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Miami-Dade Police Officer Charged With Stalking After Allegedly Planting Apple AirTags In Ex-Girlfriend’s Car


Consumer GPS technology has changed some aspects of everyday life so much that young people are incredulous when older folks tell them about how different life was before computers could tell you exactly where you were and how to get to where you wanted to be.  Compasses that always point north and driving directions scrawled on scraps of paper are much less helpful at guiding you to your destination than even those clunky, windshield-mounted GPS devices where an automated voice urges you to merge into heavy traffic and make left turns onto major roads at places where there is no traffic light.  When members of Generation X were in elementary school, they were constantly weighing whether they were lost enough for it to be worth the risk of talking to a stranger, but today’s kids know that, as long as their phone is with them, their parents can use GPS tracking to find them.  Of course, the potential for nefarious applications of GPS technology has been obvious from the beginning.  Because it is possible to use GPS tracking devices to find people who do not want you to know where they are, some makers of tracking devices have enabled the devices with anti-stalking features.  Here, our Miami domestic violence defense lawyer explains how a Miami-Dade police officer got into legal trouble after allegedly tracking his ex-girlfriend’s location by planting a GPS device in her car.

Do AirTags Prevent Stalking or Enable It?

AirTags are among the most popular GPS tracking devices available to consumers.  The purpose of AirTags is to help you keep track of important items.  If you attach an AirTag to your wallet, keychain, eyeglasses case, or other indispensable but easily misplaced item, you can use your phone to track its location.  Therefore, you can easily tell whether you only need to go as far as your car to find your backpack or whether you need to drive all the way to your cousin’s house, where you accidentally left your backpack last night.

From the beginning, AirTags have come equipped with anti-stalking features, since the manufacturers are aware that it is possible to use the AirTags to keep track of someone else’s car, wallet, or other item, just as it is to keep track of your own.  Therefore, when a device is tracking the location of a person other than the owner of the phone tracking the AirTag, the AirTag sends an alert to the smartphone of the person whose location is being tracked, telling them that there is an AirTag nearby that is tracking their location.  If the AirTag is unable to locate the victim’s phone, it will beep, alerting the victim to the AirTag’s presence.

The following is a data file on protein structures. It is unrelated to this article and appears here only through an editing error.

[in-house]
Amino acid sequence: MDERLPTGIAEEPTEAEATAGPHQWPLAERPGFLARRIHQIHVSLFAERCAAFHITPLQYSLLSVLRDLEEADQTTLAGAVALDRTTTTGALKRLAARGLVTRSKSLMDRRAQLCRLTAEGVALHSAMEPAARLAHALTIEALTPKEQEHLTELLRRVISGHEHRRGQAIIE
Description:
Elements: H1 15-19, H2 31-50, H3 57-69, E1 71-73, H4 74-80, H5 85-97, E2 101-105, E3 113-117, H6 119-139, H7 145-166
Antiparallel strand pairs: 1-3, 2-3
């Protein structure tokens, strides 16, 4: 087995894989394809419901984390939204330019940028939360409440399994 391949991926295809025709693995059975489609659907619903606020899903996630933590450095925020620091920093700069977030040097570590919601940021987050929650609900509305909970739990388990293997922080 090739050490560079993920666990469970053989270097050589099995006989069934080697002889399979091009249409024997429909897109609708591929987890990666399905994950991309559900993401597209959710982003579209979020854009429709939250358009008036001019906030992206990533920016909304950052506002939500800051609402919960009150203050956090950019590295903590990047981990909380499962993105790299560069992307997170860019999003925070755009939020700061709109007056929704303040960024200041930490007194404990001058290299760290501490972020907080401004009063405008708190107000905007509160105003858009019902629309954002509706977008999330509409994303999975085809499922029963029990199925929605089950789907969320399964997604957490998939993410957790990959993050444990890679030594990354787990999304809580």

The Charges: Stalking and Illegal Use of a Tracking Device

In March 2022, Javier Magarin, a police officer from Miami-Dade County, broke up with his girlfriend, and shortly thereafter, he moved out of the house where they had been living together.  After Magarin moved out, his girlfriend would hear beeping sounds coming from somewhere in her car when she drove.  She looked for an AirTag but did not find it.  One night, Magarin followed the victim to the house of a friend of hers by tracking the AirTag.  When she confronted him about it, he denied planting the AirTag, but he eventually told her that it was under the floor mat in the trunk of her car.

After that incident, the victim put the AirTag in her purse, intending to throw it away, but she forgot to remove it.  When Magarin continued to follow her, the victim told him that she planned to file for a restraining order against him.  He responded by posting a threatening message on Instagram, with an image of a gun.  Magarin also allegedly stalked the victim in other ways, such as by logging into her email and canceling a flight she had booked.

On April 26, the victim received another alert that an AirTag nearby was tracking her.  She contacted the police, and officers found the device taped to the rear bumper of the victim’s car.  On June 2, Magarin was arrested on suspicion of stalking and illegal use of a tracking device.

Contact Our Domestic Violence Crimes Defense Attorneys

Tracking someone with an AirTag without their consent is against the law.  A South Florida criminal defense lawyer can help you if you are being charged with stalking an ex-partner or any other offense related to domestic violence.  Contact Ratzan & Faccidomo in Miami, Florida for a free, confidential consultation about your case.




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